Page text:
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R.S.K. Chandrasekaran Vs. the Official Receiver, Madurai and anr. - Court Judgment

LegalCrystal Citation
SubjectCivil
CourtChennai High Court
Decided On
Case NumberL.P.A. No. 9 of 1976
Judge
Reported inAIR1981Mad235
ActsProvincial Insolvency Act - Sections 28(2), 28(6) and 28(7)
AppellantR.S.K. Chandrasekaran
RespondentThe Official Receiver, Madurai and anr.
Cases ReferredRaghava Reddi v. Official Assignee Madras
Excerpt:
.....in good faith and for consideration, and that therefore that question did not arise. what the learned judges, after elaborately considering the statutory provisions and some of the, decisions, held was to sum up, the title a purchaser in an execution sale against a debtor, after the admission of a petition to adjudicate the latter as insolvent is a defensible title, if the insolvency petition is dismissed, he gets good title we would normally be displaced by the official assignee or official receiver ,as the case may be; but this rule is subject to an exception, in favour of purchaser in good faith who will be protected by reason of such good faith. 53(3) being, therefore an exception to the general rule of relation back of the official as signee'stitle operationofwhich makes the..........judge that the official receiver filed a. a. 0. no. 182 of 1975, before this court. the learned judge (n. s. ram swami j.) by his order dated 6th oct., 1975, reversed the order of the learned subordinate judge, madurai, and allowed the appeal, a. a. 0. 182 of 1975 allowing e. a. no. 2 of 1975 and set aside the sale. it is against this order the present appeal has been filed by the auction-purchaser.2.the ground on which n. s. ram swami j. reversed the order of the learned subordinate judge, is that by opera tion of s. 28(7) of the provincial in solvency act, the vesting of the property in the official receiver on the adjudication of the debtors as insolvents dated back to the presentation of the petition for adjudication, that in the present case it dated back to 30-10-1971,.....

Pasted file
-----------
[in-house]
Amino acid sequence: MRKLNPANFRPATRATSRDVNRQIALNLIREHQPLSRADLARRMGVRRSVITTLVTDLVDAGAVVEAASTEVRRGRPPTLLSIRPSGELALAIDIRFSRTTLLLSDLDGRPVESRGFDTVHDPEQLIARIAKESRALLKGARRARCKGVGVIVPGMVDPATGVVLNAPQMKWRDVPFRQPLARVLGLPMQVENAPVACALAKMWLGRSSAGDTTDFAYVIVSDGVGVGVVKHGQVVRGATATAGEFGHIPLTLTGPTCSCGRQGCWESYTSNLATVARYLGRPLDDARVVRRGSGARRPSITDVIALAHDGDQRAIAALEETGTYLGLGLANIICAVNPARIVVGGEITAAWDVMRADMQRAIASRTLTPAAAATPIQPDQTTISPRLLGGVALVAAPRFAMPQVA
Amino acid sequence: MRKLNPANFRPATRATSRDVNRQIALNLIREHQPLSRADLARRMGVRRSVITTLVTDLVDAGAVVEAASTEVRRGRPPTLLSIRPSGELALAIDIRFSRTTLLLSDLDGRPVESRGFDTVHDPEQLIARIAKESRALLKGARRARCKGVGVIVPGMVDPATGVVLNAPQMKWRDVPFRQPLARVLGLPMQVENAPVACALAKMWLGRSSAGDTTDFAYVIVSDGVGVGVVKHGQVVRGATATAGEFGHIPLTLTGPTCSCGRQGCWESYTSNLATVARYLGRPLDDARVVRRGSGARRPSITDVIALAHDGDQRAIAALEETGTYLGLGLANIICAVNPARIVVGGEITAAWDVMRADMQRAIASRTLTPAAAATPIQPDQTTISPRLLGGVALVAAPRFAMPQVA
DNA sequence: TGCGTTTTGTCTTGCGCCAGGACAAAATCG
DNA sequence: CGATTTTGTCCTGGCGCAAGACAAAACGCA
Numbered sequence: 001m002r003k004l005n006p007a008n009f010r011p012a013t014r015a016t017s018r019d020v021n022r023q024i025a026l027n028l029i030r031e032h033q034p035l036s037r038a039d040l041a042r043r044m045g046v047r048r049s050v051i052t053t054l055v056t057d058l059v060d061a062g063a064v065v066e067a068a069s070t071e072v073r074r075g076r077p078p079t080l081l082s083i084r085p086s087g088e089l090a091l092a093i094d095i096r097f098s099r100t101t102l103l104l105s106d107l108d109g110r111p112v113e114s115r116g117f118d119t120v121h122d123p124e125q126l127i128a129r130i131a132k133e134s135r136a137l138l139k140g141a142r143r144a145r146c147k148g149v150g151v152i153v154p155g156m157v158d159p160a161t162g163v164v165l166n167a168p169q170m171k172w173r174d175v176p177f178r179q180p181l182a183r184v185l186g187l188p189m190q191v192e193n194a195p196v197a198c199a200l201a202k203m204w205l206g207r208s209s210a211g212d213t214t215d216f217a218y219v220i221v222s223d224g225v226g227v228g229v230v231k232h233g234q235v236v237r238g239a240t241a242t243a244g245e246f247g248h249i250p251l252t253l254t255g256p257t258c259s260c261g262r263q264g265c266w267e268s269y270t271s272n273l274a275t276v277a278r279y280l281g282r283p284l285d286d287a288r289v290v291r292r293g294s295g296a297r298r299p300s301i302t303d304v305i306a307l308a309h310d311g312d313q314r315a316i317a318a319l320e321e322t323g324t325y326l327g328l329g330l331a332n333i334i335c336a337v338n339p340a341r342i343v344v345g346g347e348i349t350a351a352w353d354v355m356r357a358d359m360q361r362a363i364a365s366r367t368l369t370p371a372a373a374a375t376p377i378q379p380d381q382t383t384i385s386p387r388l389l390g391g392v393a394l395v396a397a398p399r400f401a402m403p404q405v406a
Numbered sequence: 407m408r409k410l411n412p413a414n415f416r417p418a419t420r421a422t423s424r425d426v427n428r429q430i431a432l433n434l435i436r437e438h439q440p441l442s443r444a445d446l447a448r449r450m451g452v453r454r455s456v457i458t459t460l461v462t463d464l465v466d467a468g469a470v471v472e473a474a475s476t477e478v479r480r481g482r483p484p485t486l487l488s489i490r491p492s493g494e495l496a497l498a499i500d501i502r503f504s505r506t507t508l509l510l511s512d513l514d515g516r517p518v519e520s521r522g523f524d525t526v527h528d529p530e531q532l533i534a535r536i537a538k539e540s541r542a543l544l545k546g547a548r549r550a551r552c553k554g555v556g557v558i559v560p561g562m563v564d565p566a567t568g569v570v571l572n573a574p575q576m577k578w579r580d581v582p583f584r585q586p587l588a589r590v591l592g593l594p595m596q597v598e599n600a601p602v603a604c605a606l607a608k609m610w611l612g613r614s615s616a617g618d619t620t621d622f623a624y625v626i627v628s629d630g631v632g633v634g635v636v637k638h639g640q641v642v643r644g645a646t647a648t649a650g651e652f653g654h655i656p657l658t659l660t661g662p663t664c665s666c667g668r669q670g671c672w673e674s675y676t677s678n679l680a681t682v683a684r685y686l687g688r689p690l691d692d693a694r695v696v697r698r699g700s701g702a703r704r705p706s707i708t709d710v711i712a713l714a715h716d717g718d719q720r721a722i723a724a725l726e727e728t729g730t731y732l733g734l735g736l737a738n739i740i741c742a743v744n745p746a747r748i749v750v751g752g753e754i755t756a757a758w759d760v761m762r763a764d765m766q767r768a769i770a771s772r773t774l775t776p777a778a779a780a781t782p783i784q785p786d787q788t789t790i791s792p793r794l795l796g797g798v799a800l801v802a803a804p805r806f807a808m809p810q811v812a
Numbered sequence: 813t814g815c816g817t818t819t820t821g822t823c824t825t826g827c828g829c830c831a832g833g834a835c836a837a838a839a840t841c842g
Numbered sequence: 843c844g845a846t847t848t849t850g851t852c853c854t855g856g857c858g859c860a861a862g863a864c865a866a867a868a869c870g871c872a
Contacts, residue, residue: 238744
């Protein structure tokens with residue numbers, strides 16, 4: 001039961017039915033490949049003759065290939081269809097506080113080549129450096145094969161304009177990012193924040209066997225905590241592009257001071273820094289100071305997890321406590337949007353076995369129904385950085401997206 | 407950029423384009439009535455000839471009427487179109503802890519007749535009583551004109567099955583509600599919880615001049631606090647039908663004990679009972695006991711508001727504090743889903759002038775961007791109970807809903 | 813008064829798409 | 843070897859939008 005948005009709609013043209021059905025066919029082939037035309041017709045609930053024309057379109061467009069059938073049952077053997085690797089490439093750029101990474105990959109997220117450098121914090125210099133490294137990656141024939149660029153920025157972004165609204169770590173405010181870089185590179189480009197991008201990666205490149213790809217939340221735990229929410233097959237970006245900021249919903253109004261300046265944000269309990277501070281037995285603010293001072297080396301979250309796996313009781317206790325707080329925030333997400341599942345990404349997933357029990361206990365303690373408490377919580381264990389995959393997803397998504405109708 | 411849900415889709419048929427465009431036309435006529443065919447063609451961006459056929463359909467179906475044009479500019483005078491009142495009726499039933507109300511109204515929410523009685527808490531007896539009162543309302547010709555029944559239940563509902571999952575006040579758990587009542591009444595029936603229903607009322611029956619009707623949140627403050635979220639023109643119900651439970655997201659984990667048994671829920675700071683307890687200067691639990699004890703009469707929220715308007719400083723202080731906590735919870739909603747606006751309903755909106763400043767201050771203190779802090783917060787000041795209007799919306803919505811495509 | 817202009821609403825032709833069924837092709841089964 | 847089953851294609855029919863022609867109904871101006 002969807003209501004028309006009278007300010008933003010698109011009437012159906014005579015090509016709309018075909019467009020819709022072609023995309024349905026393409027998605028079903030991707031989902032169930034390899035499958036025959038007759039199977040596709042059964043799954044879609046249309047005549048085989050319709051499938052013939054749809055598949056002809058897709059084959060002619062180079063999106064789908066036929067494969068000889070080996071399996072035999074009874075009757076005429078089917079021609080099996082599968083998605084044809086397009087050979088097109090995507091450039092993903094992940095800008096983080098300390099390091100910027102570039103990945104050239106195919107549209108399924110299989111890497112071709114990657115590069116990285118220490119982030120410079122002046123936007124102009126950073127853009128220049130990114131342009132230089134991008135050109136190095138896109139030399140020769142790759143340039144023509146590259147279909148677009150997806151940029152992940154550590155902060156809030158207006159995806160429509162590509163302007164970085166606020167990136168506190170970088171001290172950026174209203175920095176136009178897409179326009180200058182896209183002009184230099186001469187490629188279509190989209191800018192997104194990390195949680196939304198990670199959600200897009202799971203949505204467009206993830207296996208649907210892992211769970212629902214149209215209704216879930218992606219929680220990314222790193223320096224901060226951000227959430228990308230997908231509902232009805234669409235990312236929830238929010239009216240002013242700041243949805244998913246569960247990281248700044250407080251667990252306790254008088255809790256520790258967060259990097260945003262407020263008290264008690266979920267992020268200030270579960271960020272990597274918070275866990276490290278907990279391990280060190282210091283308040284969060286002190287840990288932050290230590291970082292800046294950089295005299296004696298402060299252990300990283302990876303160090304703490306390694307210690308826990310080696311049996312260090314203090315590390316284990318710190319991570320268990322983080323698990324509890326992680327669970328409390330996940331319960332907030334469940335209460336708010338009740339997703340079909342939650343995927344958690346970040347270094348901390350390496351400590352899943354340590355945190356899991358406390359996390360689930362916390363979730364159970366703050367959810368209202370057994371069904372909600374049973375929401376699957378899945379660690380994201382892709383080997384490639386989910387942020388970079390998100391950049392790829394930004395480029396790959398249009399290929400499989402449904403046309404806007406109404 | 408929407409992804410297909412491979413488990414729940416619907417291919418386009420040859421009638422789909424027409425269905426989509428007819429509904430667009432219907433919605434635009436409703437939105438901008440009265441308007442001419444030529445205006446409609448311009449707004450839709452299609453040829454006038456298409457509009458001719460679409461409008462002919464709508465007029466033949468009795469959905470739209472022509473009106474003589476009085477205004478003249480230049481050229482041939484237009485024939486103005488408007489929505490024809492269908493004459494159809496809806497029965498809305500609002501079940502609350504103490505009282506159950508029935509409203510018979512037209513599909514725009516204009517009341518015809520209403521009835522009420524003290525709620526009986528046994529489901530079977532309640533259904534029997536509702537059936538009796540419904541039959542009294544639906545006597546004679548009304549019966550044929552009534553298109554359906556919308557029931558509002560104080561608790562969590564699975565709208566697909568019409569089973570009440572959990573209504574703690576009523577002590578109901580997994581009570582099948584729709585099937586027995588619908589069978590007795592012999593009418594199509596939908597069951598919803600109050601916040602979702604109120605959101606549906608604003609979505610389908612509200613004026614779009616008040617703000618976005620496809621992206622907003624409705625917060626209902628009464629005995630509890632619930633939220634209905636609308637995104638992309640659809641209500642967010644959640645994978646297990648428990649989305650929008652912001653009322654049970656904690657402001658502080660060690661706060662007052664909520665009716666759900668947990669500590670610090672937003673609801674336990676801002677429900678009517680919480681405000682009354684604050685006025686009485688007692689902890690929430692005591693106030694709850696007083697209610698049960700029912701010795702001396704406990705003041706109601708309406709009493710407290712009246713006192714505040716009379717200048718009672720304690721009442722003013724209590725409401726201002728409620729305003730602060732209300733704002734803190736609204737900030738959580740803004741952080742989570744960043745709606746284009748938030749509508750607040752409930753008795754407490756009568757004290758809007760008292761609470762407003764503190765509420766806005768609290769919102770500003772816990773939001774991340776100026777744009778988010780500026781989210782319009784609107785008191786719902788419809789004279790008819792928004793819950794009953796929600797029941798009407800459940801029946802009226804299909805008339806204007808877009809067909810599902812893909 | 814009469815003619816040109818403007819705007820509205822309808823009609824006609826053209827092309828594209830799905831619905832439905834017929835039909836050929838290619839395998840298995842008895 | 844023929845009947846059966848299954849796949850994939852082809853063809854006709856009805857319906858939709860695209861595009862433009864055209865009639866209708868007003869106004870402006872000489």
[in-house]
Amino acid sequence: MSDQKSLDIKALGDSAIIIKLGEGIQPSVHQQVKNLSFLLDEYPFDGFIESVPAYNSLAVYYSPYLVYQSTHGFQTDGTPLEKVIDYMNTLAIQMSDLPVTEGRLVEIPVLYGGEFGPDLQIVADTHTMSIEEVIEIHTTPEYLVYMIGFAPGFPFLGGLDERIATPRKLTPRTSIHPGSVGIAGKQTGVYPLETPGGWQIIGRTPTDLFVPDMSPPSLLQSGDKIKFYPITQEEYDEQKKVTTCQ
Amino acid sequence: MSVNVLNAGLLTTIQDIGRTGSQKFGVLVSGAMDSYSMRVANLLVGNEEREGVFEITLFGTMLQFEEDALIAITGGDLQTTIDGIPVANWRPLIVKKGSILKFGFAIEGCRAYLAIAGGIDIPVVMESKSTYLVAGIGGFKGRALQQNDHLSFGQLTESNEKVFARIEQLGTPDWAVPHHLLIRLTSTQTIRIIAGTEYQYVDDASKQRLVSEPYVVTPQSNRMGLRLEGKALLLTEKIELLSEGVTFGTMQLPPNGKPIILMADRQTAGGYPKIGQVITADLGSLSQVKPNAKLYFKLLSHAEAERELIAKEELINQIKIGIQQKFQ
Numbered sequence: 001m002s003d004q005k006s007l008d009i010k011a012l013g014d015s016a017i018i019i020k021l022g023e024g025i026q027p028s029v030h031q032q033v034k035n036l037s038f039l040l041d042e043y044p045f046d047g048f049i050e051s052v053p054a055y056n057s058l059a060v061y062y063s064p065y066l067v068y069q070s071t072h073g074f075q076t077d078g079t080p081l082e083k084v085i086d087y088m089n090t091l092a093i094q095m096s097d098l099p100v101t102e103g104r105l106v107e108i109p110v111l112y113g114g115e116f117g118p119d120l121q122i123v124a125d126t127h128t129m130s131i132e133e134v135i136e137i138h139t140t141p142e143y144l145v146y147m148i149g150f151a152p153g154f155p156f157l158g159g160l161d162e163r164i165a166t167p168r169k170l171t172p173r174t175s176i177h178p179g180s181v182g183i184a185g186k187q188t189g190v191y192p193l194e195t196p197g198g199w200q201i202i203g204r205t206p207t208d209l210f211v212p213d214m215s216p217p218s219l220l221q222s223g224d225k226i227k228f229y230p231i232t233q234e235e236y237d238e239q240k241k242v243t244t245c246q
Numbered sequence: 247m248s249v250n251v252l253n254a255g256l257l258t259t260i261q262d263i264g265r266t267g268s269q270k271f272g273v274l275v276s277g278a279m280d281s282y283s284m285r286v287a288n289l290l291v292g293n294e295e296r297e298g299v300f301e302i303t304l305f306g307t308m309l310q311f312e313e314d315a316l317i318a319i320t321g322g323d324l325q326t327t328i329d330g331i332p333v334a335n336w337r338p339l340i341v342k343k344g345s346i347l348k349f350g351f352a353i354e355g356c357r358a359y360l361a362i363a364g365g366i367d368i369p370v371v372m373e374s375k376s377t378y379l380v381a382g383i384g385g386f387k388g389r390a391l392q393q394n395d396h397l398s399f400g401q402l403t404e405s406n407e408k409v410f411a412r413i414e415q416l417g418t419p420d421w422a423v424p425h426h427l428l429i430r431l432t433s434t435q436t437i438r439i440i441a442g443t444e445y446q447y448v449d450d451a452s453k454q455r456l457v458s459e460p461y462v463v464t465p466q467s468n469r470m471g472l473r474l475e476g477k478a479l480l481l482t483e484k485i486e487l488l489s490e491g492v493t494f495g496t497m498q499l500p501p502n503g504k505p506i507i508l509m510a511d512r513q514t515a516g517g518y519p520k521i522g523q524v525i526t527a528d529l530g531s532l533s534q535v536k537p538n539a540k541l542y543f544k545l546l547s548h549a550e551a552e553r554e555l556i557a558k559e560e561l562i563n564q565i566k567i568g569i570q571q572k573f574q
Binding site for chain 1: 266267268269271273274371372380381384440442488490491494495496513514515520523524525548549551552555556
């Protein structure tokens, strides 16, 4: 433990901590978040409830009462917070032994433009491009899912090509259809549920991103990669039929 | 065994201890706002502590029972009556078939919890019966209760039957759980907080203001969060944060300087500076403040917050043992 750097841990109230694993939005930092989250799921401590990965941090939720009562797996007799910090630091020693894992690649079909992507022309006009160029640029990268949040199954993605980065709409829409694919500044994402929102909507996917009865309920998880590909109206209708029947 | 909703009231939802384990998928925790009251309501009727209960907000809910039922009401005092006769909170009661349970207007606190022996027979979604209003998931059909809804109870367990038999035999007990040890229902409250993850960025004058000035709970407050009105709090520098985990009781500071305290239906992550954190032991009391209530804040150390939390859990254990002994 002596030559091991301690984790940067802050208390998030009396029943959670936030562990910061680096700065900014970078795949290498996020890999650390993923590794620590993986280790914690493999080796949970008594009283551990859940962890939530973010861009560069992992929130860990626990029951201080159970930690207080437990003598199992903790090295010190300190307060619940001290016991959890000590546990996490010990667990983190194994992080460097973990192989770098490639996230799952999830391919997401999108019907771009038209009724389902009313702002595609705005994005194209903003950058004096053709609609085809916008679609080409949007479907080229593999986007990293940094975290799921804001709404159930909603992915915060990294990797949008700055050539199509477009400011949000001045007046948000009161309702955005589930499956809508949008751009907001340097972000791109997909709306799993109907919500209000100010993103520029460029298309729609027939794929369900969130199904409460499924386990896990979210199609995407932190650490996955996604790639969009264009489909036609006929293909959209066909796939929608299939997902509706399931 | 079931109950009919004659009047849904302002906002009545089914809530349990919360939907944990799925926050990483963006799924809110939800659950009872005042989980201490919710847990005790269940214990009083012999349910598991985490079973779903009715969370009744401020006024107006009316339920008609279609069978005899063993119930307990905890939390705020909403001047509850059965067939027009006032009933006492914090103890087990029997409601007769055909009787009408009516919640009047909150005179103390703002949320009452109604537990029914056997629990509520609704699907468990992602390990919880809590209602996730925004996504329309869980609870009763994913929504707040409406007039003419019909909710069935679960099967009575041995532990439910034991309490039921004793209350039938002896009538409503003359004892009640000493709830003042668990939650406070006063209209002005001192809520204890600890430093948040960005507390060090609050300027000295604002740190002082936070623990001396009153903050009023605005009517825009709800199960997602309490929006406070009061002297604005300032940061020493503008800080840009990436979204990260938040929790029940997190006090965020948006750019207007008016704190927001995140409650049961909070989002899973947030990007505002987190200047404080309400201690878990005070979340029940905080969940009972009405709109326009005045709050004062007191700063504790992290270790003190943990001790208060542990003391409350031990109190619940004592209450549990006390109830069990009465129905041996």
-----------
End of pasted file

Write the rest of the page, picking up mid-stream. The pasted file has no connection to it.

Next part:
Judgment:

Ismail,C.J.

1. This is an appeal against the order of N. S. Ramaswami J. dated 6th October, 1975 made in A. A0. No. 182 of 1975. 0. S. No. 145 of 1968 on the file of the Court of the Subordinate Judge of Madurai was a suit to enforce a mortgage and in that suit a decree was passed. E. P. No. 232 of 1970 was filed in that suit to execute the decree and the property was sold in auction on 1-111971, and the appellant herein was the auction-purchaser. The judgment-debtors filed E. A. No. 207 of 1972 under 0. 21, Rule 90. C. P. C. to set aside the sale, and that application was dismissed on 5-1-1974. The appeal preferred by the judgment-debtors. in A. A. 0. No. 51 of 1974, to this Court also failed, as the same was dismissed on 13-8-1974. In the meanwhile, a petition to adjudge the judgment-debtors insolvents was filed on 30-10-1971, and the order of adjudication itself was made on 17-12-1971. The Official Receiver, representing the estate of the insolvents, filed E. A. 2 of 1975 to set aside the sale on the ground that no notice was given to him and that the permission of the court was also not obtained. The learned Subordinate Judge of Madurai passed an order on 1-3-1975 dismissing the application, holding that the. adjudication took place only on 17-12-1971,that on the date when the sale took place, namely, 1-11-1971, the Official Receiver was not in the picture, and that therefore, there was no question Of giving notice to him or obtaining the Permission of the Court for the sale of the property. It was against this order of the learned Subordinate Judge that the Official Receiver filed A. A. 0. No. 182 of 1975, before this Court. The learned Judge (N. S. Ram swami J.) by his order dated 6th Oct., 1975, reversed the order of the learned Subordinate Judge, Madurai, and allowed the appeal, A. A. 0. 182 of 1975 allowing E. A. No. 2 of 1975 and set aside the sale. It is against this order the present appeal has been filed by the auction-purchaser.